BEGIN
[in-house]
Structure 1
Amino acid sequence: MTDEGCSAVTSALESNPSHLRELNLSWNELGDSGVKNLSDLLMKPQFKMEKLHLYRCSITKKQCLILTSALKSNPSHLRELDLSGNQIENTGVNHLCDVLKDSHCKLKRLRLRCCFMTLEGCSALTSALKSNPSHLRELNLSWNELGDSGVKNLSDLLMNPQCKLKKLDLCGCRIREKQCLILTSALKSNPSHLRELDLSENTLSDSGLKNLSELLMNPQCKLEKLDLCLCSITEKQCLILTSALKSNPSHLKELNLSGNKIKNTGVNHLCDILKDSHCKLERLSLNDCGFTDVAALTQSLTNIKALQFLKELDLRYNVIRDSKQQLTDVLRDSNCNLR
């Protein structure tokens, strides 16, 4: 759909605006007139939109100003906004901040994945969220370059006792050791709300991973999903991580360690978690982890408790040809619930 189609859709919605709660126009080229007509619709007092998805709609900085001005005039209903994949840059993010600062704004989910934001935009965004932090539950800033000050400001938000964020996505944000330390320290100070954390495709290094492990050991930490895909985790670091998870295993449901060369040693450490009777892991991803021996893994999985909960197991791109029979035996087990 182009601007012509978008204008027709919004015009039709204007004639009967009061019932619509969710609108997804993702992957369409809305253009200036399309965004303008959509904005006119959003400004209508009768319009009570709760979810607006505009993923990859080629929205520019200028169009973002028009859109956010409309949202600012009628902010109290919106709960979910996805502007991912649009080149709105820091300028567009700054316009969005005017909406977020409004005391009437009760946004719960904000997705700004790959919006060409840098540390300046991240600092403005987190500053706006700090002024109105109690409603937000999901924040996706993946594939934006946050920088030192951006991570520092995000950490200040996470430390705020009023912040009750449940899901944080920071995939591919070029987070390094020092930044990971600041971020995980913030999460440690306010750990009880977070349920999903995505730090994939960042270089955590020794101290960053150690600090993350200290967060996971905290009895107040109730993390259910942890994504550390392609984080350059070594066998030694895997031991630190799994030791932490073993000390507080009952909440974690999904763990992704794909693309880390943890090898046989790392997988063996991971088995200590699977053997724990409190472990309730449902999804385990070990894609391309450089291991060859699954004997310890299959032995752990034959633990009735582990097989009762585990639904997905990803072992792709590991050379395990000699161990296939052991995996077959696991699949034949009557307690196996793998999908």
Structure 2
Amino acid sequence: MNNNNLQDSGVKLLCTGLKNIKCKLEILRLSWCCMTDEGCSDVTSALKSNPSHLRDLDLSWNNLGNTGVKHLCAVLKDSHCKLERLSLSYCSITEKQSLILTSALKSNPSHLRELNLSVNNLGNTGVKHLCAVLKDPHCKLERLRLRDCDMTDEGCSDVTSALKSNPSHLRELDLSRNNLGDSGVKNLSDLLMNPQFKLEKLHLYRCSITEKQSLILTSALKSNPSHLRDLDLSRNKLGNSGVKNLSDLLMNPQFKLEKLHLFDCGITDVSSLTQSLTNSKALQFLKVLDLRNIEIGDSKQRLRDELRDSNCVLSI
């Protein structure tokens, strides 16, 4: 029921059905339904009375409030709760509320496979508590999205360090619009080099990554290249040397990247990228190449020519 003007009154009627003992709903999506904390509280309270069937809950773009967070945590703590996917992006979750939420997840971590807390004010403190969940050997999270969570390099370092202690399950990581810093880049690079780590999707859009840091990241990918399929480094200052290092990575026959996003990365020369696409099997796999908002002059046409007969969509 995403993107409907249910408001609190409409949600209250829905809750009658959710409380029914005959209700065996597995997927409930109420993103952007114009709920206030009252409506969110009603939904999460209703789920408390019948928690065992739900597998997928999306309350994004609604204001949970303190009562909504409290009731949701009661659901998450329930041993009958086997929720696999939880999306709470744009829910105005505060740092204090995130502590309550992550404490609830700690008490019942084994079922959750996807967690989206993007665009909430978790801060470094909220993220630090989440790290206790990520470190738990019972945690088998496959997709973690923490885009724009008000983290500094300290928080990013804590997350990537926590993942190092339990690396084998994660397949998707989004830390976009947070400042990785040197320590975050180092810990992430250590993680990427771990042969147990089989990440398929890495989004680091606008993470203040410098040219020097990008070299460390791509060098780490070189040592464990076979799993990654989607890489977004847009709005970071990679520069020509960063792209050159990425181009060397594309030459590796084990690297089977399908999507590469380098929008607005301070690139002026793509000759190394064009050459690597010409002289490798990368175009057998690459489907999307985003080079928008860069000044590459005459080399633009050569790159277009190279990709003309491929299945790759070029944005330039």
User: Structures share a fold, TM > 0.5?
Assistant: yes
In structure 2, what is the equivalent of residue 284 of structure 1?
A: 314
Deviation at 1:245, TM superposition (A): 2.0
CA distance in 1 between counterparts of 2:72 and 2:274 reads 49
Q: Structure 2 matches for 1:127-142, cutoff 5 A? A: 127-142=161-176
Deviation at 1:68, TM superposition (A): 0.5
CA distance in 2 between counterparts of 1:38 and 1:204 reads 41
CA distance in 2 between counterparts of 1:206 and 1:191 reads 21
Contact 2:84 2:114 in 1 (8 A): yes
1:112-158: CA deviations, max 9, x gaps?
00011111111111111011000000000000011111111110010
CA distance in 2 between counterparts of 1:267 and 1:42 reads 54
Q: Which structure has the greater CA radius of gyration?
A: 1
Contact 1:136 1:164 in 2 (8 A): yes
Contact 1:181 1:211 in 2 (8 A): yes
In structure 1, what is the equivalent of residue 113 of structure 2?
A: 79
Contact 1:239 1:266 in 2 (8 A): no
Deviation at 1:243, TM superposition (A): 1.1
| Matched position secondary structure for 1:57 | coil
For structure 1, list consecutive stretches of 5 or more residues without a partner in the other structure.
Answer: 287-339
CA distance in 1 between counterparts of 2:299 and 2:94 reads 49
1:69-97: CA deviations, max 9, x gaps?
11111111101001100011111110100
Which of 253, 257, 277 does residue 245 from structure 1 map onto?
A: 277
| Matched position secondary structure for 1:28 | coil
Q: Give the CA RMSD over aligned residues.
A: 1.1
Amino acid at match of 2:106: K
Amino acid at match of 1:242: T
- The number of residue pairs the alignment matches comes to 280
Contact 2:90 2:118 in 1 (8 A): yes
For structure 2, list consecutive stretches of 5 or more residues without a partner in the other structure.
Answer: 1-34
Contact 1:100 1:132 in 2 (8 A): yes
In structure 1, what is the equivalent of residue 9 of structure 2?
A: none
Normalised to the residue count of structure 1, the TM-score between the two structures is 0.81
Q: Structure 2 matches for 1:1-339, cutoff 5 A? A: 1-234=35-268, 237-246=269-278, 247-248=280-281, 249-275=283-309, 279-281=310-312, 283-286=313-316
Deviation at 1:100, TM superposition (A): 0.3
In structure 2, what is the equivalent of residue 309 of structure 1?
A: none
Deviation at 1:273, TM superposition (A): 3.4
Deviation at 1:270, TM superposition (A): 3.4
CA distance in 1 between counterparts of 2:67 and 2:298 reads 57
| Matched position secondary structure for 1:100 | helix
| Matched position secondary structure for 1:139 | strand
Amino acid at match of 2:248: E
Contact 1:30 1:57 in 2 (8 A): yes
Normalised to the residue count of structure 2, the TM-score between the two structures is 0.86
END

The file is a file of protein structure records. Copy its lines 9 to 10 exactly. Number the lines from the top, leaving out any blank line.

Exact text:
Assistant: yes
In structure 2, what is the equivalent of residue 284 of structure 1?